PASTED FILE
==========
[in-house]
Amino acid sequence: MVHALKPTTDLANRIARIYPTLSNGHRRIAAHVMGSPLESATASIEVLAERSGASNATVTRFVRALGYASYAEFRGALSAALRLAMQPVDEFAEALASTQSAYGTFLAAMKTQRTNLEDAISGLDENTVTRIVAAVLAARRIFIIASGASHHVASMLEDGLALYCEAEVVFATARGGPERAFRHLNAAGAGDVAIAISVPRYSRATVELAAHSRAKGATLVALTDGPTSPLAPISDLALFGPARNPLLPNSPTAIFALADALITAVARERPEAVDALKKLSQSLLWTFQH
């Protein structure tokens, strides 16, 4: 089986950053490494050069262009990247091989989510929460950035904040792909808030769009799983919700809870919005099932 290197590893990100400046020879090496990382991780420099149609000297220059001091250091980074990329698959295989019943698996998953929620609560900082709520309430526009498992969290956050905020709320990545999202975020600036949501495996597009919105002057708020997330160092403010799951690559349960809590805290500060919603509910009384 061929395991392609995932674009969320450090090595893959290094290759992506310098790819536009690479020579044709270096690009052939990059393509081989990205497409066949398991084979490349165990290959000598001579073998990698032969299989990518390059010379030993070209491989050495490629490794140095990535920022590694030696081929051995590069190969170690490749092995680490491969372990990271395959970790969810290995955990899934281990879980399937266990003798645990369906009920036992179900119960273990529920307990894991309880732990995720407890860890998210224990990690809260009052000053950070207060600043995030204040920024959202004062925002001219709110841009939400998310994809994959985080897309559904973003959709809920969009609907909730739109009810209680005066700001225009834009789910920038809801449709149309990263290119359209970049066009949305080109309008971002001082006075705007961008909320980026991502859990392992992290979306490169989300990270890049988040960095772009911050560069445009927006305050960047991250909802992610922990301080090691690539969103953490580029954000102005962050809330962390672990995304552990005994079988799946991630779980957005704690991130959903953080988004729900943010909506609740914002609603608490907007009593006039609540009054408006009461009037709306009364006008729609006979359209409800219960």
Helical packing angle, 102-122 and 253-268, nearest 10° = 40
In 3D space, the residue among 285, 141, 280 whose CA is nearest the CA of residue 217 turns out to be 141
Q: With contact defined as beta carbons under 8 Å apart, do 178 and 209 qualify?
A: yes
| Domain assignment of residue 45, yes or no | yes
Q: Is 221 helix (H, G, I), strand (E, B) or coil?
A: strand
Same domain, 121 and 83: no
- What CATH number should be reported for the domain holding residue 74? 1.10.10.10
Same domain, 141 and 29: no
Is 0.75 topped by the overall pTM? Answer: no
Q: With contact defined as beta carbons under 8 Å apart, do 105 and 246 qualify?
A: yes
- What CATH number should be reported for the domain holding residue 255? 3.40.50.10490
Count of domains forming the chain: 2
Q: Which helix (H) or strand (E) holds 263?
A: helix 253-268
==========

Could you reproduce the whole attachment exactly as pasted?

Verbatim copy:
[in-house]
Amino acid sequence: MVHALKPTTDLANRIARIYPTLSNGHRRIAAHVMGSPLESATASIEVLAERSGASNATVTRFVRALGYASYAEFRGALSAALRLAMQPVDEFAEALASTQSAYGTFLAAMKTQRTNLEDAISGLDENTVTRIVAAVLAARRIFIIASGASHHVASMLEDGLALYCEAEVVFATARGGPERAFRHLNAAGAGDVAIAISVPRYSRATVELAAHSRAKGATLVALTDGPTSPLAPISDLALFGPARNPLLPNSPTAIFALADALITAVARERPEAVDALKKLSQSLLWTFQH
């Protein structure tokens, strides 16, 4: 089986950053490494050069262009990247091989989510929460950035904040792909808030769009799983919700809870919005099932 290197590893990100400046020879090496990382991780420099149609000297220059001091250091980074990329698959295989019943698996998953929620609560900082709520309430526009498992969290956050905020709320990545999202975020600036949501495996597009919105002057708020997330160092403010799951690559349960809590805290500060919603509910009384 061929395991392609995932674009969320450090090595893959290094290759992506310098790819536009690479020579044709270096690009052939990059393509081989990205497409066949398991084979490349165990290959000598001579073998990698032969299989990518390059010379030993070209491989050495490629490794140095990535920022590694030696081929051995590069190969170690490749092995680490491969372990990271395959970790969810290995955990899934281990879980399937266990003798645990369906009920036992179900119960273990529920307990894991309880732990995720407890860890998210224990990690809260009052000053950070207060600043995030204040920024959202004062925002001219709110841009939400998310994809994959985080897309559904973003959709809920969009609907909730739109009810209680005066700001225009834009789910920038809801449709149309990263290119359209970049066009949305080109309008971002001082006075705007961008909320980026991502859990392992992290979306490169989300990270890049988040960095772009911050560069445009927006305050960047991250909802992610922990301080090691690539969103953490580029954000102005962050809330962390672990995304552990005994079988799946991630779980957005704690991130959903953080988004729900943010909506609740914002609603608490907007009593006039609540009054408006009461009037709306009364006008729609006979359209409800219960």
Helical packing angle, 102-122 and 253-268, nearest 10° = 40
In 3D space, the residue among 285, 141, 280 whose CA is nearest the CA of residue 217 turns out to be 141
Q: With contact defined as beta carbons under 8 Å apart, do 178 and 209 qualify?
A: yes
| Domain assignment of residue 45, yes or no | yes
Q: Is 221 helix (H, G, I), strand (E, B) or coil?
A: strand
Same domain, 121 and 83: no
- What CATH number should be reported for the domain holding residue 74? 1.10.10.10
Same domain, 141 and 29: no
Is 0.75 topped by the overall pTM? Answer: no
Q: With contact defined as beta carbons under 8 Å apart, do 105 and 246 qualify?
A: yes
- What CATH number should be reported for the domain holding residue 255? 3.40.50.10490
Count of domains forming the chain: 2
Q: Which helix (H) or strand (E) holds 263?
A: helix 253-268